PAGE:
It is definitely worth doing a food tour early on in your visit, as it gives you loads of ideas of places that are worth going back to, as well as some insider knowledge of how to pick a good restaurant. Loads of city have food tours now, so if you are going on a city break and love food, then have a look into doing one when you arrive.

One of the other things that Venice is known for though, is its churches. As you wander around the city you realise that they are everywhere, and it’s very difficult to know which one is which, and which ones are the best ones to go into. We stuck our heads round the doors of quite a few, including Santi Giovanni e Paolo near where we were staying, before deciding that we would only actually visit two of the better known churches.

The first church that we ‘did properly’ was Santa Maria Gloriosa dei Frari, which is a seriously impressive church. While the outside could be mistaken for any other Venetian church, the inside was incredibly interesting. It contains a monument to the artist Canova (erected by his students), which is like a pyramid and doesn’t fit in with the rest of the church, opposite a monument to Titian, a painter who died of the plague in 1576, and whose monument wasn’t erected until the 1800s, by the same Canova who is opposite him.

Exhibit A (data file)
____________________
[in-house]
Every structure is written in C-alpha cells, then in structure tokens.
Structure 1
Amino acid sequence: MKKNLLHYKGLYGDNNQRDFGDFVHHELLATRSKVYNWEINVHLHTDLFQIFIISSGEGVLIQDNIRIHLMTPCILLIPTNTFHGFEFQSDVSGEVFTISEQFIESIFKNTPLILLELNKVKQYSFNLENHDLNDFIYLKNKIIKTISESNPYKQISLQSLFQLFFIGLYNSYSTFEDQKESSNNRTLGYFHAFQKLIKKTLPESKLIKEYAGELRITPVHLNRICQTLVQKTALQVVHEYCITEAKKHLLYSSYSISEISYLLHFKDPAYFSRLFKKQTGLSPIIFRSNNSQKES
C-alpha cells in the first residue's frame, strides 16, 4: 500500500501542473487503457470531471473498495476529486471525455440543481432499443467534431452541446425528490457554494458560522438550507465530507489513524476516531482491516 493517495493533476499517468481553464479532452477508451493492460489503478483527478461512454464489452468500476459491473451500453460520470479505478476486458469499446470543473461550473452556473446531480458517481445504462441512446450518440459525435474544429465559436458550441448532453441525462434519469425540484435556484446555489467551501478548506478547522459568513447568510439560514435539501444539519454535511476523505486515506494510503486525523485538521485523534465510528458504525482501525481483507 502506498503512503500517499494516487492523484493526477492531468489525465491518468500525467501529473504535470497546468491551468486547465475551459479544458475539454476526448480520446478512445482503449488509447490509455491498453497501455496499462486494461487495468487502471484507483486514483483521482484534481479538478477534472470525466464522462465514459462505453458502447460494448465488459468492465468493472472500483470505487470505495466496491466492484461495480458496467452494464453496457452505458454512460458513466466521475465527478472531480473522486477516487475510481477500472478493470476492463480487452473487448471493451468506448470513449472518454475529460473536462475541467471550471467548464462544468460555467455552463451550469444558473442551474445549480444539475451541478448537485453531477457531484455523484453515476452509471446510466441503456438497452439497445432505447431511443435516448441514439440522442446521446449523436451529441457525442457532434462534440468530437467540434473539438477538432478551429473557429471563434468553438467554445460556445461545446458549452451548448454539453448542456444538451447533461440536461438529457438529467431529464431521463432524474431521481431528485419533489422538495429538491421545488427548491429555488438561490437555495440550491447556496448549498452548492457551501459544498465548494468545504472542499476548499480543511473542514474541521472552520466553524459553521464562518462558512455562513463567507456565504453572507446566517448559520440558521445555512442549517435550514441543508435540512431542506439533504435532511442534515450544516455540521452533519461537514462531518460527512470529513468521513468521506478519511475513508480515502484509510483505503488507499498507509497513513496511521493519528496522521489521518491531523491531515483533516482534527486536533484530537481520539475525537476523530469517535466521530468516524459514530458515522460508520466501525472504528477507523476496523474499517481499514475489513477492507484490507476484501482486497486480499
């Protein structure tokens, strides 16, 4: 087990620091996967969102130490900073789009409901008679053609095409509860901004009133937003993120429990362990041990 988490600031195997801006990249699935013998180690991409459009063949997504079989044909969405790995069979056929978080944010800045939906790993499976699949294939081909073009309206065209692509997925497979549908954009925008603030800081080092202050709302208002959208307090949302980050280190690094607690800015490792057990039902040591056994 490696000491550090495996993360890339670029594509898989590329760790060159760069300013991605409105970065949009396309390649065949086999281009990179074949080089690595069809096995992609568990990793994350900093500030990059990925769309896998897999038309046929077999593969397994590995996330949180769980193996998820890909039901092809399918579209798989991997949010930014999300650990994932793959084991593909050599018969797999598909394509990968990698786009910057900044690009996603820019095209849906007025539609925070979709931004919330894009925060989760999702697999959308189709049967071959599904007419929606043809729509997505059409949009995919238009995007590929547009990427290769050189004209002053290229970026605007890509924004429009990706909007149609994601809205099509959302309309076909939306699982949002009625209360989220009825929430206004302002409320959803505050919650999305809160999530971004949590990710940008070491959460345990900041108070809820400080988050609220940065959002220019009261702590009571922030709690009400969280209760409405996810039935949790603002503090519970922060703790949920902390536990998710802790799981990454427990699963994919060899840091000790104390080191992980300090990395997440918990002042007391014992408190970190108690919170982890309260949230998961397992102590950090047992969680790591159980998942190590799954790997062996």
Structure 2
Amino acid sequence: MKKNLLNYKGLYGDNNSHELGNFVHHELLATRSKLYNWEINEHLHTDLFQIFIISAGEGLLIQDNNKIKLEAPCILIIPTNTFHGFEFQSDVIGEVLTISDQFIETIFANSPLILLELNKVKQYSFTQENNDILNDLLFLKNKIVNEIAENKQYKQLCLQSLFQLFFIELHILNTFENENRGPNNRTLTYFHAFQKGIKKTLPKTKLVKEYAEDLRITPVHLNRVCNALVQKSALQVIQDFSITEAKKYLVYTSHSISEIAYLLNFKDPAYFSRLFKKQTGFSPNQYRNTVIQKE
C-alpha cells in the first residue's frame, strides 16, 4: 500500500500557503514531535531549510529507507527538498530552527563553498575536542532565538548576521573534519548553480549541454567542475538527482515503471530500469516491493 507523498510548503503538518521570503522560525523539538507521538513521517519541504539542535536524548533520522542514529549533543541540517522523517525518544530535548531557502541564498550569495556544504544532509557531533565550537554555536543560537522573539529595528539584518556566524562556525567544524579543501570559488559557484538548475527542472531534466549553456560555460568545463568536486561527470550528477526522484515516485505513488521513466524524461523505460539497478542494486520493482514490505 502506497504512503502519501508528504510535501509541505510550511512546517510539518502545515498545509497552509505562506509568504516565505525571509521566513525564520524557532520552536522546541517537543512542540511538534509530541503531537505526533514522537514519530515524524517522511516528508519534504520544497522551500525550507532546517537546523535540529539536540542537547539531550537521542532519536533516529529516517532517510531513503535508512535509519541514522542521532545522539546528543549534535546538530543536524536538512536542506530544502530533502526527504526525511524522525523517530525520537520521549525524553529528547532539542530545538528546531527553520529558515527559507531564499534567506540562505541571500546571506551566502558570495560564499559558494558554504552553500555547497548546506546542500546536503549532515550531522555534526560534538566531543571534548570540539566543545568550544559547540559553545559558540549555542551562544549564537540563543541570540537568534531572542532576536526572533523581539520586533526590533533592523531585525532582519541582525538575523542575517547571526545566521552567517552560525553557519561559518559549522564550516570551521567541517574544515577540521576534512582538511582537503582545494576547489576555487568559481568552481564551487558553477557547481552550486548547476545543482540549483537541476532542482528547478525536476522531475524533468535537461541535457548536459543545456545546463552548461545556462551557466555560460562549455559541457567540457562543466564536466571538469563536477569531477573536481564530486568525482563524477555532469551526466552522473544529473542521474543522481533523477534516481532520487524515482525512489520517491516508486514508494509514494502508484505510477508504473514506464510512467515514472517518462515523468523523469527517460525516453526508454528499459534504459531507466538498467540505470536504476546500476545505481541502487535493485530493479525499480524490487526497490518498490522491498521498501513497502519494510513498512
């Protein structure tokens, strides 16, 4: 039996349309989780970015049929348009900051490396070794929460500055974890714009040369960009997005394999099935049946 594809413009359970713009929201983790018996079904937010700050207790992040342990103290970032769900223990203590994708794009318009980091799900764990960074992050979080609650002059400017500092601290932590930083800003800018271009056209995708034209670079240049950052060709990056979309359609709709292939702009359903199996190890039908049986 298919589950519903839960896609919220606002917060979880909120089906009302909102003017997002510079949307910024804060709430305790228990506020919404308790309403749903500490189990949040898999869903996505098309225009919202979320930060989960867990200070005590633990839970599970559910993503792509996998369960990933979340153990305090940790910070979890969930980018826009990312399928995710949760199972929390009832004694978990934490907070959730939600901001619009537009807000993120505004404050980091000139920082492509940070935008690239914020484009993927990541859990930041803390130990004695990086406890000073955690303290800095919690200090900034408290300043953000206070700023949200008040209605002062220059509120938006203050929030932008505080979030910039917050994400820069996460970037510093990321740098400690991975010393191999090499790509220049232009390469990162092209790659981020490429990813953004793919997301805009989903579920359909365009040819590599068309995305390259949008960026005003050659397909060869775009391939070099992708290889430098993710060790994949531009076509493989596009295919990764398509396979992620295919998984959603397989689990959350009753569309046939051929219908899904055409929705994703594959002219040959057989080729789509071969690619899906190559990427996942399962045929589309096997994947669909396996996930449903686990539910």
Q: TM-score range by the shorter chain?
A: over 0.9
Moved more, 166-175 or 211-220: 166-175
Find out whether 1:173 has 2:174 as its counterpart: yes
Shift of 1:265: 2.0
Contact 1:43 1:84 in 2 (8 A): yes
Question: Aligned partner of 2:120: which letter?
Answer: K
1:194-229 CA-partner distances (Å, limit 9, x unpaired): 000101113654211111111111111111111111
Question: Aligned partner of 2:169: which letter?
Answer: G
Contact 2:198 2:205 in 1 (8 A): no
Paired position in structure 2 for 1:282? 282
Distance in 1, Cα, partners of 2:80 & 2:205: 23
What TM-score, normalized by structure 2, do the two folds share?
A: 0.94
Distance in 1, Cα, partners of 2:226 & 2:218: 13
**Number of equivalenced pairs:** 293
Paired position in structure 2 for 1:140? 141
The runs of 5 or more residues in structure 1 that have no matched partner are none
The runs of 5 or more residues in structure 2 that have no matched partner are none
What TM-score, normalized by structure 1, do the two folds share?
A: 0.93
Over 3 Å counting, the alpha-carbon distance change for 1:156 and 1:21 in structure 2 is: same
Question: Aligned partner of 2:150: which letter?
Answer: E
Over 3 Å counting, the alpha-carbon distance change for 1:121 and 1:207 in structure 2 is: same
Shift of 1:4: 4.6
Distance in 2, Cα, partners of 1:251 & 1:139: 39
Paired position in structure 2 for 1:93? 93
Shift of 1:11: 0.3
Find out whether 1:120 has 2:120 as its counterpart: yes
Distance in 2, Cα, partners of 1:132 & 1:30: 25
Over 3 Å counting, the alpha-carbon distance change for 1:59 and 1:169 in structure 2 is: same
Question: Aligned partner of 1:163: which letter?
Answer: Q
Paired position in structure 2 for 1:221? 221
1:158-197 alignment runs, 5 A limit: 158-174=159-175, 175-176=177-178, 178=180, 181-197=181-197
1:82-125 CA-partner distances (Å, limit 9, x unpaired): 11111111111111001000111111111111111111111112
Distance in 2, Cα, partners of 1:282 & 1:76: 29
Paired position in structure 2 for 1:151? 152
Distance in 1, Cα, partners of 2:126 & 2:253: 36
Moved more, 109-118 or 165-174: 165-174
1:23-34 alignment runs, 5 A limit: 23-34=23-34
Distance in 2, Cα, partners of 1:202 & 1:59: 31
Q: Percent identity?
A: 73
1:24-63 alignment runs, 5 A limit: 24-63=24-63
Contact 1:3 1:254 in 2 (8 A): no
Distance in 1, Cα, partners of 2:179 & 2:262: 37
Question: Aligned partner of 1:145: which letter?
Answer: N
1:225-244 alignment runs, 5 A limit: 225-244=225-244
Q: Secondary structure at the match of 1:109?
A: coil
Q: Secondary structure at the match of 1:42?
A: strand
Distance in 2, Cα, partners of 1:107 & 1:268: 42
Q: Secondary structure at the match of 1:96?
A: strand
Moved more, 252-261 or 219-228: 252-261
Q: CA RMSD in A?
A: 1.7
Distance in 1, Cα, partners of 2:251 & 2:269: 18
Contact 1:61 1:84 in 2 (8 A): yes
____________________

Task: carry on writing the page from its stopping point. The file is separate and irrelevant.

The other two parts of the church that I found particularly impressive was the picture of the Assumption by Tiziano Vecellio in the sanctuary- not normally my cup of tea but it fits very well into the grandeur around it; and the relics altar in a side chapel. I always find the idea of relics fascinating- keeping parts of saints, or pieces of the cross, as if it will somehow help you get to heaven; but I haven’t seen them stored in quite this way before. All mixed in together but in a highly decorated cabinet. You could stare at it for hours and not see everything.